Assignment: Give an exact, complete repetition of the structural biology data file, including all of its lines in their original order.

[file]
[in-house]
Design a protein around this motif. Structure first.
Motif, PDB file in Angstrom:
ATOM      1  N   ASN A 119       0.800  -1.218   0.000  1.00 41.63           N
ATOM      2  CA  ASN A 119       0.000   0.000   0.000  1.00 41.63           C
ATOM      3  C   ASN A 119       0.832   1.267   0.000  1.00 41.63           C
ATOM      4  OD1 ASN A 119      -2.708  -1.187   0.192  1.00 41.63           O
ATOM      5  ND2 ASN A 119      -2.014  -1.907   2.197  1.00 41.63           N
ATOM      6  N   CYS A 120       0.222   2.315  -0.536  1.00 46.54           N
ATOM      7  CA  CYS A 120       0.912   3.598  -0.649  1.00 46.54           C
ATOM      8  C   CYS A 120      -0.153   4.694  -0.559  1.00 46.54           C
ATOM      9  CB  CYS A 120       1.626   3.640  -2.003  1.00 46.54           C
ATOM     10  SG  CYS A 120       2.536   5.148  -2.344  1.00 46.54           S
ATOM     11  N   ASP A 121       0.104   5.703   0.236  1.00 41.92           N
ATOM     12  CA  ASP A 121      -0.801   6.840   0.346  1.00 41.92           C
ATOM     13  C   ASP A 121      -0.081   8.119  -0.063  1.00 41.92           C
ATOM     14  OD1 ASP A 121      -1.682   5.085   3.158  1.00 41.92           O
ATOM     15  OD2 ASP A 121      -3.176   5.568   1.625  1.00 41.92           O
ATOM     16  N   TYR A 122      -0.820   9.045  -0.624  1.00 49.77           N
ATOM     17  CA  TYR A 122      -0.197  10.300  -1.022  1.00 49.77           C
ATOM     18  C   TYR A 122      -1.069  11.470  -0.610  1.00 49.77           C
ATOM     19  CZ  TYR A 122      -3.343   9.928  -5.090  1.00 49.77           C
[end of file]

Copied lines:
[in-house]
Design a protein around this motif. Structure first.
Motif, PDB file in Angstrom:
ATOM      1  N   ASN A 119       0.800  -1.218   0.000  1.00 41.63           N
ATOM      2  CA  ASN A 119       0.000   0.000   0.000  1.00 41.63           C
ATOM      3  C   ASN A 119       0.832   1.267   0.000  1.00 41.63           C
ATOM      4  OD1 ASN A 119      -2.708  -1.187   0.192  1.00 41.63           O
ATOM      5  ND2 ASN A 119      -2.014  -1.907   2.197  1.00 41.63           N
ATOM      6  N   CYS A 120       0.222   2.315  -0.536  1.00 46.54           N
ATOM      7  CA  CYS A 120       0.912   3.598  -0.649  1.00 46.54           C
ATOM      8  C   CYS A 120      -0.153   4.694  -0.559  1.00 46.54           C
ATOM      9  CB  CYS A 120       1.626   3.640  -2.003  1.00 46.54           C
ATOM     10  SG  CYS A 120       2.536   5.148  -2.344  1.00 46.54           S
ATOM     11  N   ASP A 121       0.104   5.703   0.236  1.00 41.92           N
ATOM     12  CA  ASP A 121      -0.801   6.840   0.346  1.00 41.92           C
ATOM     13  C   ASP A 121      -0.081   8.119  -0.063  1.00 41.92           C
ATOM     14  OD1 ASP A 121      -1.682   5.085   3.158  1.00 41.92           O
ATOM     15  OD2 ASP A 121      -3.176   5.568   1.625  1.00 41.92           O
ATOM     16  N   TYR A 122      -0.820   9.045  -0.624  1.00 49.77           N
ATOM     17  CA  TYR A 122      -0.197  10.300  -1.022  1.00 49.77           C
ATOM     18  C   TYR A 122      -1.069  11.470  -0.610  1.00 49.77           C
ATOM     19  CZ  TYR A 122      -3.343   9.928  -5.090  1.00 49.77           C